Monday, 06 October 2014 11:54
George E. Curry, NNPA Columnist
After being confirmed as the nation's first African American U.S. attorney general, Eric H. Holder, Jr. wasted little time putting everyone on notice that he would not tip-toe around the volatile subject of race.
Monday, 06 October 2014 10:32
Ben Chavis, By Benjamin F. Chavis, Jr., NNPA Columnist
Black American leadership too often is taken for granted. Attorney General Eric Holder announced his resignation from office not because of malfeasance or wrong doing, but because of his resolve to leave office after serving six years, the third-longest tenure in history. Being the nation's top law enforcement officer was not an easy job, yet he stood tall for the principles of equal justice and fairness.
Building partnerships between police officers and the communities they serve
Monday, 29 September 2014 11:02
What is community policing? In the wake of increased shootings in Ferguson and around the country, there has been a renewed public interest in the role of police, the extent of police brutality, and the prevalence of racial bias.
Monday, 22 September 2014 12:02
Benjamin F. Chavis, Jr., NNPA Columnist
Whenever someone accuses an African American of playing the "race card," I cringe. Racism in America is not a card game. There is no such thing as "playing the race card" when it comes to making an accurate or rational evaluation of the socioeconomic and political plight of 45 million Black Americans. A routine disingenuous tactic of those who want to justify the systemic racial oppression of Black Americans and others is to accuse the articulate victims of racism of "playing the race card."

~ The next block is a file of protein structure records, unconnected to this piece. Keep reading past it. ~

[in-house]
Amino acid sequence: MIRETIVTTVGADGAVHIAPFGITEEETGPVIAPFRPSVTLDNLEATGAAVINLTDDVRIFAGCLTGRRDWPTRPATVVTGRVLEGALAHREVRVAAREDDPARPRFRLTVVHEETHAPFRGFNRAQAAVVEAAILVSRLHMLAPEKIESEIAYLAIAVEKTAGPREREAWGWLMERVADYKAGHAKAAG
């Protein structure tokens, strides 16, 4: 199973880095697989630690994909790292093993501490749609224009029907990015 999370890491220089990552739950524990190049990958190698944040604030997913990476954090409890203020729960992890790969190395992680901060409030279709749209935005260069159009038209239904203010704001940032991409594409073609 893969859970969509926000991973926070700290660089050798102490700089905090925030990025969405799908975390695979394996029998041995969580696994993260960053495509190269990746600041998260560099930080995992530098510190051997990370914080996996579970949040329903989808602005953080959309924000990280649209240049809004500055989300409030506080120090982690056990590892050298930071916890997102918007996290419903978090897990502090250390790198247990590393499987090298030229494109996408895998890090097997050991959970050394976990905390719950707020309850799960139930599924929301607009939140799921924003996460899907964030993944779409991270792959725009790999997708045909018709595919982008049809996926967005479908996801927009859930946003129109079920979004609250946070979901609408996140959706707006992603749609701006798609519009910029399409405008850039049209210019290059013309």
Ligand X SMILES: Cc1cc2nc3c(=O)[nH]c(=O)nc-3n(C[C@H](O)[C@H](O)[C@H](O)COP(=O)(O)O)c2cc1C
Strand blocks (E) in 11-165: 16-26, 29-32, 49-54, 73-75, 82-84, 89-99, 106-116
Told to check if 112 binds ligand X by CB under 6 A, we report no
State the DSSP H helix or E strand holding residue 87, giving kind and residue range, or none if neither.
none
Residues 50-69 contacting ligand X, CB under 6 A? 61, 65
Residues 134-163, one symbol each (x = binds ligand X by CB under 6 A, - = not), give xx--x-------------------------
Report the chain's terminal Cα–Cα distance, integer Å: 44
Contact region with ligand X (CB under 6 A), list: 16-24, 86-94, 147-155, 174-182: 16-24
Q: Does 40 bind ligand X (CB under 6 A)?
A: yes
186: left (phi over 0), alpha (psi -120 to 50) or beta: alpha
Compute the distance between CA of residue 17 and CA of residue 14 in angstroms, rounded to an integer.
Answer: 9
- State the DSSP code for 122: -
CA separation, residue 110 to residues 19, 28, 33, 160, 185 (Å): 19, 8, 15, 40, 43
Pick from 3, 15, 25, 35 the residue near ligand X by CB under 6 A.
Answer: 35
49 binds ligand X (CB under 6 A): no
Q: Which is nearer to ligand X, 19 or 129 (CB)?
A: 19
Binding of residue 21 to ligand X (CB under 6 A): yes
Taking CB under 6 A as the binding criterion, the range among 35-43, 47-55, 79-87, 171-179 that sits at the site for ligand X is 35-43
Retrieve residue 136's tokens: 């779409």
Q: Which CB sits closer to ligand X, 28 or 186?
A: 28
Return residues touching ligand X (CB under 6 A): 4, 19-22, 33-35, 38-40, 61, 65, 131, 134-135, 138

What makes white folks think their child rearing methods are so great?
Monday, 22 September 2014 10:03
Nobody asked me, but the NFL has gotten on my last nerve.
I have never hit a woman and I am the father and grandfather of four wonderful females. If any of them walked into a hook, I would consider going happily to jail for murder. Though, I must admit that if they got hit while, themselves, in full attack mode, it would undermine my indignation.
Ferguson: A painful reminder of Black angst and anger
Monday, 15 September 2014 09:58
People call us loud and rightfully so. History teaches us that we must seize the opportunity to channel national attention toward the injustices we face. We are a loud people with voices that carry and at times we get caught in the emotion and don't demonstrate proper restraint (I'm not talking about looting and the destruction of property. I'll never give the criminal opportunists in our community the same standing as our sages and upstanding folks.). Wisdom provides restraint. This essay is an attempt to bring clarity to the events in Ferguson, Mo. It is an attempt to wrest the narrative away from all of the negative things perpetuated about our community and shine a light on how codified social stereotypes continue to be used against us in the media. The Black victim or the Black victimizer seems to be the only choice offered. I believe Black Angst and anger and how these cousins are handled by us and law enforcement should be given equal time.